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tFive Spanish Masterpieces underscores the international importance of the DIA collection, and the substantial role that the DIA plays in spreading art, knowledge and culture in the United States and internationally. Lenders to the exhibition recognize the DIA as a significant museum that has shaped the history of American collecting.
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tPicasso and Matisse: The DIA’s Prints and Drawings
tJuly 11, 2012–January 6, 2013

tPablo Picasso (1881–1973) and Henri Matisse (1869–1954) were ground-breaking visionaries who constantly experimented with techniques and materials. This exhibition features almost all of the works by Picasso and Matisse in the museum’s prints and drawings collections, showcasing their revolutionary achievements that defined much of 20th-century art. This exhibition has been organized by the Detroit Institute of Arts.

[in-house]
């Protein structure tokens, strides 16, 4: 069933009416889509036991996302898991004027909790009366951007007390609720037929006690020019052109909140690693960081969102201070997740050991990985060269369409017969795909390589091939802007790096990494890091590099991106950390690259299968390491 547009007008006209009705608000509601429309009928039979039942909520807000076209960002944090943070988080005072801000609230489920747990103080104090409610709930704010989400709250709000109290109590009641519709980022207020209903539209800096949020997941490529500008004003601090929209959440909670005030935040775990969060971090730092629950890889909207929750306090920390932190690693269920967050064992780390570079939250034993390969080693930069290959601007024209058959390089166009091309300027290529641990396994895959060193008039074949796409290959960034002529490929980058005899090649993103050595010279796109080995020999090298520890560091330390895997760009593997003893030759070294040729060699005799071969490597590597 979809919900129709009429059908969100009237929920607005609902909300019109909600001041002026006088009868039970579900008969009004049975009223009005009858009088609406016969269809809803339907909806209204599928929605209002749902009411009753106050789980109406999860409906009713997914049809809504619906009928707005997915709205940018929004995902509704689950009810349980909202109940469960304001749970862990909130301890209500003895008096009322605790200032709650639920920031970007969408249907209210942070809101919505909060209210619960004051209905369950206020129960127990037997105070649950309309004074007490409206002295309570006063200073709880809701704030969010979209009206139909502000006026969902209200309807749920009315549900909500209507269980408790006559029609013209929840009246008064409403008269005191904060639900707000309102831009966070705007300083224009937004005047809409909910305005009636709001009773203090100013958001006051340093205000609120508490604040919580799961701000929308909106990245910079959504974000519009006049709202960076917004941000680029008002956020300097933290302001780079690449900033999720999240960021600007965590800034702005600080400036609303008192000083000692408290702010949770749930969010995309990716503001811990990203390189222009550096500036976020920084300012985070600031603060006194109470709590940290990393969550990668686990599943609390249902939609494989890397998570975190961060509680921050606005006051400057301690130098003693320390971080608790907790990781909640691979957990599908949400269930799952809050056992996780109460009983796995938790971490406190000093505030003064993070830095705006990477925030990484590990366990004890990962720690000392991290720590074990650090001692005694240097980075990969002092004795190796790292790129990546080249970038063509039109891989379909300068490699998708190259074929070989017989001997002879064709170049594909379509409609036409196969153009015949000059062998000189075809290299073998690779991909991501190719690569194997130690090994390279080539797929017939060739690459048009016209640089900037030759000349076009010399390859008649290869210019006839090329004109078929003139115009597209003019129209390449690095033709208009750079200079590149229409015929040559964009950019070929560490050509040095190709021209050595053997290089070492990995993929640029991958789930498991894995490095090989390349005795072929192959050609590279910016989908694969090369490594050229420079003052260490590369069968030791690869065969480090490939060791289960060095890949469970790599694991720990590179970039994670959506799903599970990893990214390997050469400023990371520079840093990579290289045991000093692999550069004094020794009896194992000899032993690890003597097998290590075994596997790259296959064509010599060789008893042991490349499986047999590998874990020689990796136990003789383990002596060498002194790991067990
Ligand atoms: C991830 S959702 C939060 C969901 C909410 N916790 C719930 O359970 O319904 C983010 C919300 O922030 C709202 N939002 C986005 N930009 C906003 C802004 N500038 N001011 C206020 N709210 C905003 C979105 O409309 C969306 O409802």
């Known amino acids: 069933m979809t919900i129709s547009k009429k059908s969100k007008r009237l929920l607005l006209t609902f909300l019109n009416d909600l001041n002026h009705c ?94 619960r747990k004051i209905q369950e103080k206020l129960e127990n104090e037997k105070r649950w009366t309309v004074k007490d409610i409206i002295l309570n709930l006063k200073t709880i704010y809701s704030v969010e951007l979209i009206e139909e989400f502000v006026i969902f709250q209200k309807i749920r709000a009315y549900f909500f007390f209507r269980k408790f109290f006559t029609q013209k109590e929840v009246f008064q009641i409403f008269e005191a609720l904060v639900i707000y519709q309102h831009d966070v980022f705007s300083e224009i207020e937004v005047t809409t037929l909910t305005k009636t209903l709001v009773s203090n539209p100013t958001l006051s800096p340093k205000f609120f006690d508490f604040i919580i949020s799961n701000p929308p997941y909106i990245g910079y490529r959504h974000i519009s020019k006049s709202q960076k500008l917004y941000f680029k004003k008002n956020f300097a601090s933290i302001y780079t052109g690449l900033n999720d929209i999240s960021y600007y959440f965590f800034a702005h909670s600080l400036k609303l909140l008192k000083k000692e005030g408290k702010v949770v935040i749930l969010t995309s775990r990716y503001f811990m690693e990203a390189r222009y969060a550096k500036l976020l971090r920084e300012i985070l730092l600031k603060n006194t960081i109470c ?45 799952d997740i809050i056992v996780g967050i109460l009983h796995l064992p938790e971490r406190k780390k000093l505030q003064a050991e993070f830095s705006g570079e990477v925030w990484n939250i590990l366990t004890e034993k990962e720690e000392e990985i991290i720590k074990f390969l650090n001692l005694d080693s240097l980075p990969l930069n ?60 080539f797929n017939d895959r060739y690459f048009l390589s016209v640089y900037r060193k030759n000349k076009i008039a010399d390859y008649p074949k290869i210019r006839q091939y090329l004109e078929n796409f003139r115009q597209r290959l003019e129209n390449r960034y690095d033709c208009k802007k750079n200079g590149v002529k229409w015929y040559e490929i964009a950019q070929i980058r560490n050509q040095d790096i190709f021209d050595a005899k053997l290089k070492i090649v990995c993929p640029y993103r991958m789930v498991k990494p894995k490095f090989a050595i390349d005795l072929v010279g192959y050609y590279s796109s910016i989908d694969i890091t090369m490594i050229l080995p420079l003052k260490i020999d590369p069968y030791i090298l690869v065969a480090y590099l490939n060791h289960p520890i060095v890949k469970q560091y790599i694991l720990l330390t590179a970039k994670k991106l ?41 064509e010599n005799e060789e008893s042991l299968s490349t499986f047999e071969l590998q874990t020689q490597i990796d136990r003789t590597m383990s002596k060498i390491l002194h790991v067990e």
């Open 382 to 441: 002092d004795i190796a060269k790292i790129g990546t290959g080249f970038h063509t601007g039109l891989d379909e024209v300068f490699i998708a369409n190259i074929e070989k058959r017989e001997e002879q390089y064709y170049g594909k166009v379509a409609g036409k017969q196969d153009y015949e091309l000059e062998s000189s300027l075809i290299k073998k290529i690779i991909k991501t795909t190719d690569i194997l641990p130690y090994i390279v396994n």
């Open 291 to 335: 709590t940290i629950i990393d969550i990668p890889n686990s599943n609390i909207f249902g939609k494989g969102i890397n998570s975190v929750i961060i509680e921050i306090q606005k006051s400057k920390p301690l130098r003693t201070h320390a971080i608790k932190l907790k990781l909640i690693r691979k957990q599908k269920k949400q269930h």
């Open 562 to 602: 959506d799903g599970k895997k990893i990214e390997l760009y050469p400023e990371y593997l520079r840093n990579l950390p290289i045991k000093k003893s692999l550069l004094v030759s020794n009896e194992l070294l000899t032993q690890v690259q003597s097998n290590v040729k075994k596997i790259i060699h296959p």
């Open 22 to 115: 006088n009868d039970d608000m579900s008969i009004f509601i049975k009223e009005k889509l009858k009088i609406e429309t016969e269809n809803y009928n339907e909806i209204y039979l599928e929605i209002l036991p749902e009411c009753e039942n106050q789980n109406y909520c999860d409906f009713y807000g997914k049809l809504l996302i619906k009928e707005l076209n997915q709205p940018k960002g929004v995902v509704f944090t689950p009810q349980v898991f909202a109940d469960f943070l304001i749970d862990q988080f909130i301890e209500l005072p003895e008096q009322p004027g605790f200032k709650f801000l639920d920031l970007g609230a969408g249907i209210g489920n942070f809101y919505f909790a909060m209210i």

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tThe story of Picasso’s and Matisse’s stylistic progression and artistic range will be told through more than 100 prints and drawings, including exceptional works such as Matisse’s 1919 drawing The Plumed Hat and Picasso’s 1939 gouache The Bather by the Sea. Other highlights include Matisse’s famous series Jazz and Picasso’s etchings for the Dream and Lie of Franco, as well as many linoleum cuts by both artists. The DIA’s 13 paintings and two bronze sculptures on permanent display will be on view in the museum’s modern art galleries.
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tFabergé: The Rise and Fall, the Collection of the Virginia Museum of Fine Arts